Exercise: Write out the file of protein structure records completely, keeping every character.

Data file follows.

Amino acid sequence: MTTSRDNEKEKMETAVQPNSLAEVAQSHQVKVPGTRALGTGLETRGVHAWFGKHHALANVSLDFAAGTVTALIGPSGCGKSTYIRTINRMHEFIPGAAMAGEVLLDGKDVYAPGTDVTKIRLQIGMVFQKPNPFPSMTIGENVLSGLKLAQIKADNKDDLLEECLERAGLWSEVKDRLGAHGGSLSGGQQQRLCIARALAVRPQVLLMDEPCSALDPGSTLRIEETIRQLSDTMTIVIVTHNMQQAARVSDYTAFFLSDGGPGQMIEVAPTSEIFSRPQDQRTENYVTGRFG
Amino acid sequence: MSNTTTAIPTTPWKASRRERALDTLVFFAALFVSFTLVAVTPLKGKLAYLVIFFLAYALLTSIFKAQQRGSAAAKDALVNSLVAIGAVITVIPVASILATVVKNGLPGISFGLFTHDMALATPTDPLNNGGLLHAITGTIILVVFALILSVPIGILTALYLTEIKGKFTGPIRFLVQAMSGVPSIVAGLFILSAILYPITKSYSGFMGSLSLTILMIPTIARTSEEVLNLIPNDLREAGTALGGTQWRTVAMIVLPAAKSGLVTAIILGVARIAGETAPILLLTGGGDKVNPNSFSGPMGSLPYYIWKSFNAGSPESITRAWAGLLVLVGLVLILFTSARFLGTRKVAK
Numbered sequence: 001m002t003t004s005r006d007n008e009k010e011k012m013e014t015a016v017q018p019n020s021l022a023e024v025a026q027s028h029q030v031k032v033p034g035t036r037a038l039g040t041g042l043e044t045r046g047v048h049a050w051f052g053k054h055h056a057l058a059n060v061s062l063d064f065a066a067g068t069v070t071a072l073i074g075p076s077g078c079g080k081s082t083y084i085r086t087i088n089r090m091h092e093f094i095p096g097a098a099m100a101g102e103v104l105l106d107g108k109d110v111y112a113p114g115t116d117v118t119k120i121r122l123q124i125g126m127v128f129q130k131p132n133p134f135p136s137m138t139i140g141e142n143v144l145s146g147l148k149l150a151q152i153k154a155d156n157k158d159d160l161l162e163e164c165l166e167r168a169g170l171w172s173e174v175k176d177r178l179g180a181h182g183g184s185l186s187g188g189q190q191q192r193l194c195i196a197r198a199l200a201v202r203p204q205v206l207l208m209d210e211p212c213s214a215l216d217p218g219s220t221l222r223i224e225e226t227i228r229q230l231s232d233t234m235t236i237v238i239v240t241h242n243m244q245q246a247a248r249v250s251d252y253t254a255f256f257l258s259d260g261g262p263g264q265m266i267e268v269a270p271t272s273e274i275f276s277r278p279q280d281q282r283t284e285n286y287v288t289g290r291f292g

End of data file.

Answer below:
Amino acid sequence: MTTSRDNEKEKMETAVQPNSLAEVAQSHQVKVPGTRALGTGLETRGVHAWFGKHHALANVSLDFAAGTVTALIGPSGCGKSTYIRTINRMHEFIPGAAMAGEVLLDGKDVYAPGTDVTKIRLQIGMVFQKPNPFPSMTIGENVLSGLKLAQIKADNKDDLLEECLERAGLWSEVKDRLGAHGGSLSGGQQQRLCIARALAVRPQVLLMDEPCSALDPGSTLRIEETIRQLSDTMTIVIVTHNMQQAARVSDYTAFFLSDGGPGQMIEVAPTSEIFSRPQDQRTENYVTGRFG
Amino acid sequence: MSNTTTAIPTTPWKASRRERALDTLVFFAALFVSFTLVAVTPLKGKLAYLVIFFLAYALLTSIFKAQQRGSAAAKDALVNSLVAIGAVITVIPVASILATVVKNGLPGISFGLFTHDMALATPTDPLNNGGLLHAITGTIILVVFALILSVPIGILTALYLTEIKGKFTGPIRFLVQAMSGVPSIVAGLFILSAILYPITKSYSGFMGSLSLTILMIPTIARTSEEVLNLIPNDLREAGTALGGTQWRTVAMIVLPAAKSGLVTAIILGVARIAGETAPILLLTGGGDKVNPNSFSGPMGSLPYYIWKSFNAGSPESITRAWAGLLVLVGLVLILFTSARFLGTRKVAK
Numbered sequence: 001m002t003t004s005r006d007n008e009k010e011k012m013e014t015a016v017q018p019n020s021l022a023e024v025a026q027s028h029q030v031k032v033p034g035t036r037a038l039g040t041g042l043e044t045r046g047v048h049a050w051f052g053k054h055h056a057l058a059n060v061s062l063d064f065a066a067g068t069v070t071a072l073i074g075p076s077g078c079g080k081s082t083y084i085r086t087i088n089r090m091h092e093f094i095p096g097a098a099m100a101g102e103v104l105l106d107g108k109d110v111y112a113p114g115t116d117v118t119k120i121r122l123q124i125g126m127v128f129q130k131p132n133p134f135p136s137m138t139i140g141e142n143v144l145s146g147l148k149l150a151q152i153k154a155d156n157k158d159d160l161l162e163e164c165l166e167r168a169g170l171w172s173e174v175k176d177r178l179g180a181h182g183g184s185l186s187g188g189q190q191q192r193l194c195i196a197r198a199l200a201v202r203p204q205v206l207l208m209d210e211p212c213s214a215l216d217p218g219s220t221l222r223i224e225e226t227i228r229q230l231s232d233t234m235t236i237v238i239v240t241h242n243m244q245q246a247a248r249v250s251d252y253t254a255f256f257l258s259d260g261g262p263g264q265m266i267e268v269a270p271t272s273e274i275f276s277r278p279q280d281q282r283t284e285n286y287v288t289g290r291f292g